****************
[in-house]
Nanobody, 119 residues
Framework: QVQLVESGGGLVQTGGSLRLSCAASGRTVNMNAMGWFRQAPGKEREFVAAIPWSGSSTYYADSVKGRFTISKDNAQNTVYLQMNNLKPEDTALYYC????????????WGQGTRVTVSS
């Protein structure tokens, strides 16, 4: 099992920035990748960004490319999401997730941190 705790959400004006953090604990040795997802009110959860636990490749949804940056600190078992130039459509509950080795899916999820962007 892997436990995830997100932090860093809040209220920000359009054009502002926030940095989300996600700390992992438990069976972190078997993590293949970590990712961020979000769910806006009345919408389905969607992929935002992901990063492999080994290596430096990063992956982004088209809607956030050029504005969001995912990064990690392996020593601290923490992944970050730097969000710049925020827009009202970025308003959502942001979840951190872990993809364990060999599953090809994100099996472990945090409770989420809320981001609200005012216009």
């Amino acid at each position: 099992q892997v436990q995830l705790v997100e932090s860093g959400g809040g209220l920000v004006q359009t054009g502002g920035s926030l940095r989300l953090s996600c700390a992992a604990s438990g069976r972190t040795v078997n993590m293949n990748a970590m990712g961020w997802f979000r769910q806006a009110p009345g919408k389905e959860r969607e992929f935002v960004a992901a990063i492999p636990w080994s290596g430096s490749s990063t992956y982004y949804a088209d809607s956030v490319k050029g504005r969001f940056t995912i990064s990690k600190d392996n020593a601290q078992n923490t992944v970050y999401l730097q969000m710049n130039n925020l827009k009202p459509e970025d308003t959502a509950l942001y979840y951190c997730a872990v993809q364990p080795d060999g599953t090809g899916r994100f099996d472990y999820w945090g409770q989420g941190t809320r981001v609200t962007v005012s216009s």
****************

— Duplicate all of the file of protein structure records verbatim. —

[in-house]
Nanobody, 119 residues
Framework: QVQLVESGGGLVQTGGSLRLSCAASGRTVNMNAMGWFRQAPGKEREFVAAIPWSGSSTYYADSVKGRFTISKDNAQNTVYLQMNNLKPEDTALYYC????????????WGQGTRVTVSS
């Protein structure tokens, strides 16, 4: 099992920035990748960004490319999401997730941190 705790959400004006953090604990040795997802009110959860636990490749949804940056600190078992130039459509509950080795899916999820962007 892997436990995830997100932090860093809040209220920000359009054009502002926030940095989300996600700390992992438990069976972190078997993590293949970590990712961020979000769910806006009345919408389905969607992929935002992901990063492999080994290596430096990063992956982004088209809607956030050029504005969001995912990064990690392996020593601290923490992944970050730097969000710049925020827009009202970025308003959502942001979840951190872990993809364990060999599953090809994100099996472990945090409770989420809320981001609200005012216009």
């Amino acid at each position: 099992q892997v436990q995830l705790v997100e932090s860093g959400g809040g209220l920000v004006q359009t054009g502002g920035s926030l940095r989300l953090s996600c700390a992992a604990s438990g069976r972190t040795v078997n993590m293949n990748a970590m990712g961020w997802f979000r769910q806006a009110p009345g919408k389905e959860r969607e992929f935002v960004a992901a990063i492999p636990w080994s290596g430096s490749s990063t992956y982004y949804a088209d809607s956030v490319k050029g504005r969001f940056t995912i990064s990690k600190d392996n020593a601290q078992n923490t992944v970050y999401l730097q969000m710049n130039n925020l827009k009202p459509e970025d308003t959502a509950l942001y979840y951190c997730a872990v993809q364990p080795d060999g599953t090809g899916r994100f099996d472990y999820w945090g409770q989420g941190t809320r981001v609200t962007v005012s216009s």